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    In India, in the absence of any particular statutory requirement, there is

    no general requirement for administrative agencies to give reasons for

    their decisions. However, if the statute under which the agency is

    functioning requires reasoned decision, courts consider it mandatory of

    the administrative agency to give reasons which should not be merely

    rubber-stamp reasons but a brief, clear statement providing the link

    between the material on which certain conclusions are based and the

    actual conclusion.

    In cases where the statute does not provide for reasoned decisions,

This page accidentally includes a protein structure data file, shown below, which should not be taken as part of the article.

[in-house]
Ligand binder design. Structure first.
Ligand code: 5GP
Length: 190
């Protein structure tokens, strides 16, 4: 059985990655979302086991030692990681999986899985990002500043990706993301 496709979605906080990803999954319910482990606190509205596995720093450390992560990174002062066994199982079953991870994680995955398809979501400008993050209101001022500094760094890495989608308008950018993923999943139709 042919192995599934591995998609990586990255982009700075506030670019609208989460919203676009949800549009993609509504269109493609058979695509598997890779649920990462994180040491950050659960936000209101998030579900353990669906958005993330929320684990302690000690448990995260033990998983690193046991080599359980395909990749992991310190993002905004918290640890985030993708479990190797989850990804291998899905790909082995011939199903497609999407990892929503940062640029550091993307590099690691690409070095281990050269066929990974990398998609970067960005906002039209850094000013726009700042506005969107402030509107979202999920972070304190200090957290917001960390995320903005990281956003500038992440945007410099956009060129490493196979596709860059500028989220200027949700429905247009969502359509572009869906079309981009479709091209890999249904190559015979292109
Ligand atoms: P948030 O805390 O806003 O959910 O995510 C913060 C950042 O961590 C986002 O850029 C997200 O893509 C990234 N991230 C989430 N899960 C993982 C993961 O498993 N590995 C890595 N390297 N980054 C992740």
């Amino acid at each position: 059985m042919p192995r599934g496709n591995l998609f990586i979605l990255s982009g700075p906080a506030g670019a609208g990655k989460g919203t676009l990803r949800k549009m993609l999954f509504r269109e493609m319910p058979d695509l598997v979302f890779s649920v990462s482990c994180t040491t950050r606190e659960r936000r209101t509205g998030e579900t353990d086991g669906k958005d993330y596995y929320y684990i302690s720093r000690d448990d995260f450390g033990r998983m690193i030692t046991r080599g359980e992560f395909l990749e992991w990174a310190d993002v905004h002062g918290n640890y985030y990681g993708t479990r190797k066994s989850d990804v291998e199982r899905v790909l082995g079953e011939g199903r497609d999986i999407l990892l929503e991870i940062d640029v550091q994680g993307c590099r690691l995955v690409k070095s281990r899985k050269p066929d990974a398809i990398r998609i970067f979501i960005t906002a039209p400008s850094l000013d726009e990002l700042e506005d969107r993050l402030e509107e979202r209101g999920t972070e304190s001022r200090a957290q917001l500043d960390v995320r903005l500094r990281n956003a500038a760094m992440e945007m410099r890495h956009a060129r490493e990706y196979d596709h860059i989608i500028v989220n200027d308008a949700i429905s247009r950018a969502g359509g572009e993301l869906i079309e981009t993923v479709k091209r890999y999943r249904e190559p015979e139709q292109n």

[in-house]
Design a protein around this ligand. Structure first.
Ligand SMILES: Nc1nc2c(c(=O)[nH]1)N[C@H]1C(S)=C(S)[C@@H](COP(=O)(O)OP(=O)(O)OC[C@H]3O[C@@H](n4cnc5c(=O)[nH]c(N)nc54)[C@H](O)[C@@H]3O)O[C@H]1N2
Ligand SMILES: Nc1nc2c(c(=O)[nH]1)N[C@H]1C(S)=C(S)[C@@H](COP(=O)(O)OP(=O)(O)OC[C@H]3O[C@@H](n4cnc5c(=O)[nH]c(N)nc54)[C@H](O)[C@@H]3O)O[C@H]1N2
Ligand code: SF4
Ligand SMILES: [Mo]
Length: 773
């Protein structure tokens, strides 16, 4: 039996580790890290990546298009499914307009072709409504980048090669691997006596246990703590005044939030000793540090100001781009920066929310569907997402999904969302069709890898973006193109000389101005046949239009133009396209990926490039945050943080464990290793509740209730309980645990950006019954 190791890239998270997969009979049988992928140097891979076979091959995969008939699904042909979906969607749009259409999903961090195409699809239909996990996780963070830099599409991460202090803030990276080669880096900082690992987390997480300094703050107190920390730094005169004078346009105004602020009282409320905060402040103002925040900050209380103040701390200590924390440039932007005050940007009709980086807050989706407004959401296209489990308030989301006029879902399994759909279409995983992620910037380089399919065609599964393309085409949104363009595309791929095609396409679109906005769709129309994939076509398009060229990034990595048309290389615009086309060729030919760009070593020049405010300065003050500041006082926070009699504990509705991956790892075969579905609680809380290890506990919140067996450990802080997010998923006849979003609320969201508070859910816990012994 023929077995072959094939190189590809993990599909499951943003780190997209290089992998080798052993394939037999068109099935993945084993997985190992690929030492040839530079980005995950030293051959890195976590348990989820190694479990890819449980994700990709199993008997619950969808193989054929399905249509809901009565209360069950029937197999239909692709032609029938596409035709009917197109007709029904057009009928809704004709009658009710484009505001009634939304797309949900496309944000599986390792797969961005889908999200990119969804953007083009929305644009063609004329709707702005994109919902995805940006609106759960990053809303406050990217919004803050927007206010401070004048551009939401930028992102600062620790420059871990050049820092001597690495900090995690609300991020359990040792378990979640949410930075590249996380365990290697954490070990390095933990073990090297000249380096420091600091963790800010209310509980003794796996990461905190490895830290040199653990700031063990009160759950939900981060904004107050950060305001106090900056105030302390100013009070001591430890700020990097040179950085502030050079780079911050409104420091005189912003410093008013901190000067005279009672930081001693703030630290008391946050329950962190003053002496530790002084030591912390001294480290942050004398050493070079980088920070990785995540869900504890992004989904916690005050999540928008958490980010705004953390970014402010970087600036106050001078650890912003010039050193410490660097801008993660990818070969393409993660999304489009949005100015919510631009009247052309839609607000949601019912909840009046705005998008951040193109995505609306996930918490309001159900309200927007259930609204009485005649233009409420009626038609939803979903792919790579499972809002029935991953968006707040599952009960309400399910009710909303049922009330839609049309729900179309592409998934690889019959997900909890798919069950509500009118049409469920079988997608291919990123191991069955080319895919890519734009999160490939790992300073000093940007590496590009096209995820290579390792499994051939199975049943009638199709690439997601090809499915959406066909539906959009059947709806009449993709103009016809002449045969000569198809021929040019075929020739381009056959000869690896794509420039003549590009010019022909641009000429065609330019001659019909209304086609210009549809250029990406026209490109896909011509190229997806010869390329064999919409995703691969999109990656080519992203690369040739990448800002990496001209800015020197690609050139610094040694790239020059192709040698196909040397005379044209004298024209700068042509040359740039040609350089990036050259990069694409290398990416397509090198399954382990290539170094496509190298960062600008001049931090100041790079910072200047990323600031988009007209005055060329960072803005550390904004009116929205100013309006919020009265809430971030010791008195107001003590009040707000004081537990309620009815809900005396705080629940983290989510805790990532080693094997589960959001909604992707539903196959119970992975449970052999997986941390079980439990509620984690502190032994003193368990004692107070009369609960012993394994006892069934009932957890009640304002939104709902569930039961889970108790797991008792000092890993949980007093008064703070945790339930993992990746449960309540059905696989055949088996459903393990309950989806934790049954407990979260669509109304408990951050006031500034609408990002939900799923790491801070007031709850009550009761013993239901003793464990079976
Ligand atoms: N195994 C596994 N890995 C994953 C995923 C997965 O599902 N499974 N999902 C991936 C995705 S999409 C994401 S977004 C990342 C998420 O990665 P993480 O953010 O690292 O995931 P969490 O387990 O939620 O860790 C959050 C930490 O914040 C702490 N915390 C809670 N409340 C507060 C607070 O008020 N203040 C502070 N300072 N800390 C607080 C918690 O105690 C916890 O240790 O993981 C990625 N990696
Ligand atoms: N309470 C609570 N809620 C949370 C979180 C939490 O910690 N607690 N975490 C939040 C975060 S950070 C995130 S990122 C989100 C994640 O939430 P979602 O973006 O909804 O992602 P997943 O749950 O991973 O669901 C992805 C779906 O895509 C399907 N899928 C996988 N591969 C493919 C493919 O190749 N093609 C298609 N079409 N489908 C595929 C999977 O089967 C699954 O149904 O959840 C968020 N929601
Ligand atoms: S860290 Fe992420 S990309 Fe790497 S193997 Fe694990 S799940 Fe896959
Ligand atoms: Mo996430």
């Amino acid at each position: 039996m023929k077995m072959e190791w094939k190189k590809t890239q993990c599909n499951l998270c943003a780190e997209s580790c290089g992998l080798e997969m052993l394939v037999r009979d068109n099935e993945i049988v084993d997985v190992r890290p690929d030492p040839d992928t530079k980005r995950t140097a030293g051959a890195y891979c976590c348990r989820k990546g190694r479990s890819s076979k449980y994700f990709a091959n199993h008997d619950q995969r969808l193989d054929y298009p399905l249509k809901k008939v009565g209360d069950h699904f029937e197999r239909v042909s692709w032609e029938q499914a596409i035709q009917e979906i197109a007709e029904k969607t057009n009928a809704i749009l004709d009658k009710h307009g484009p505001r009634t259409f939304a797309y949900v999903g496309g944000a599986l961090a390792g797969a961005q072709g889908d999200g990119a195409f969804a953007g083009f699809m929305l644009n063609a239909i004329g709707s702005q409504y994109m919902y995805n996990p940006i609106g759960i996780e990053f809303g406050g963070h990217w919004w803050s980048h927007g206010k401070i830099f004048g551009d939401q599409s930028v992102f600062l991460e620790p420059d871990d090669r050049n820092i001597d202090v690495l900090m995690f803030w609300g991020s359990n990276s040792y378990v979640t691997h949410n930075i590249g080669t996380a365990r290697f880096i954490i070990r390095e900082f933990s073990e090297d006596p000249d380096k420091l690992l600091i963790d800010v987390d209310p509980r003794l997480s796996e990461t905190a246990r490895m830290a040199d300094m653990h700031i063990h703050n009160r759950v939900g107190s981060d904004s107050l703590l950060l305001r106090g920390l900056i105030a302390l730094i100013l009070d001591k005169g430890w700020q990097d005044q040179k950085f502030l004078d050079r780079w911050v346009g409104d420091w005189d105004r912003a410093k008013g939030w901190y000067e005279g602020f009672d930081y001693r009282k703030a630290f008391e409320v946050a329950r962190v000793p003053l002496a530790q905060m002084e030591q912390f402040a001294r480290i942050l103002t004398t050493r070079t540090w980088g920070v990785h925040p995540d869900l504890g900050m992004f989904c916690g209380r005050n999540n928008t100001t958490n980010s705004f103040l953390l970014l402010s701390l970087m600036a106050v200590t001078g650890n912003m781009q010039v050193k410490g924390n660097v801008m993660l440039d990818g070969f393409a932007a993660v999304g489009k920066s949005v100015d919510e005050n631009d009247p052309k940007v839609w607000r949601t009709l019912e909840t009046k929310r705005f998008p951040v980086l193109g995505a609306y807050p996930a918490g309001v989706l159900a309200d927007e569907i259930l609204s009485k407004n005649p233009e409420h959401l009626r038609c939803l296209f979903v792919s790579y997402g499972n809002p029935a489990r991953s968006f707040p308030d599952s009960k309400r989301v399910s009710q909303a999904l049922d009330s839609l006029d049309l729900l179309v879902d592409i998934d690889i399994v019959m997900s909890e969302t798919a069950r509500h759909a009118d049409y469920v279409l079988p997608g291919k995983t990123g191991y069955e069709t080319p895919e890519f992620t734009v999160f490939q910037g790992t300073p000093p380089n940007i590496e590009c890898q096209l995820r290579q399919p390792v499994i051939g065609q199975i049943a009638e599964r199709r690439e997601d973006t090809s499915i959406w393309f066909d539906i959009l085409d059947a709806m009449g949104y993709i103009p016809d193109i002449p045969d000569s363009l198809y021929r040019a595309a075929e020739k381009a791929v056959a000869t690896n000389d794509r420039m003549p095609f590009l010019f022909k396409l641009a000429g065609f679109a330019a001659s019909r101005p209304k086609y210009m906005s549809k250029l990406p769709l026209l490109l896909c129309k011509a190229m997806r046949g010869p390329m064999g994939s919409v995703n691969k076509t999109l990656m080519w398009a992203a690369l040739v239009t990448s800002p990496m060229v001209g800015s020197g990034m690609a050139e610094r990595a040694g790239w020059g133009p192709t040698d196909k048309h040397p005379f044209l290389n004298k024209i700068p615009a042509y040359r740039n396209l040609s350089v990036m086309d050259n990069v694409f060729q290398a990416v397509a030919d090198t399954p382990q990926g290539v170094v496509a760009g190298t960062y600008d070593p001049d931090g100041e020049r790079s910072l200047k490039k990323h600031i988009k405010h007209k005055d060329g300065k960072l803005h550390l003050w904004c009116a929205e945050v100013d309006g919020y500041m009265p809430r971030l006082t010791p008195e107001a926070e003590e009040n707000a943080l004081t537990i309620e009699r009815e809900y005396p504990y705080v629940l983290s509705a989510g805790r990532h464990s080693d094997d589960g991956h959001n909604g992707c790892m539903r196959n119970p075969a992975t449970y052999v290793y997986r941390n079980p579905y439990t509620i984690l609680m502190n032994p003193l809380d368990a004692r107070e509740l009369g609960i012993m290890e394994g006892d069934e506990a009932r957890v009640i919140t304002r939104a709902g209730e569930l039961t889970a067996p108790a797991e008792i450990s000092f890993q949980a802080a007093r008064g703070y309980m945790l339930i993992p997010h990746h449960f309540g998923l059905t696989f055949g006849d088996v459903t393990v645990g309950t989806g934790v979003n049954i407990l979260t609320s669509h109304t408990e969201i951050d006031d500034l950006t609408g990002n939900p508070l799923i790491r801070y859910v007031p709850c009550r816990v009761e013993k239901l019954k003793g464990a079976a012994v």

courts in India are still in the process of developing workable

    parameters between the claims of individual justice and administrative

    flexibility. In case of legislative silence a reasoned decision may be a

    constitutional requirement.

    Reasons are the link between the order and the mind of the maker.

    Reasoned decisions also involve a question of procedural fairness. A

    law which allows any administrative authority to take a decision

    affecting the rights of the people without assigning any reason cannot

    be accepted as laying down a procedure which is fair, just andreasonable and hence would be violative of Article 14 and 21.

    The implied requirement of reasons is the foundation on which the

    whole scheme of judicial review under the Indian Constitution is based.

    Article 32, 136, 226 and 227 provide for judicial review of administrative

    action. The decisions of administrative agencies unaccompanied by

    reasons will have the effect of whittling down the efficacy of these

    constitutional provisions. A statute shall always be deemed to imply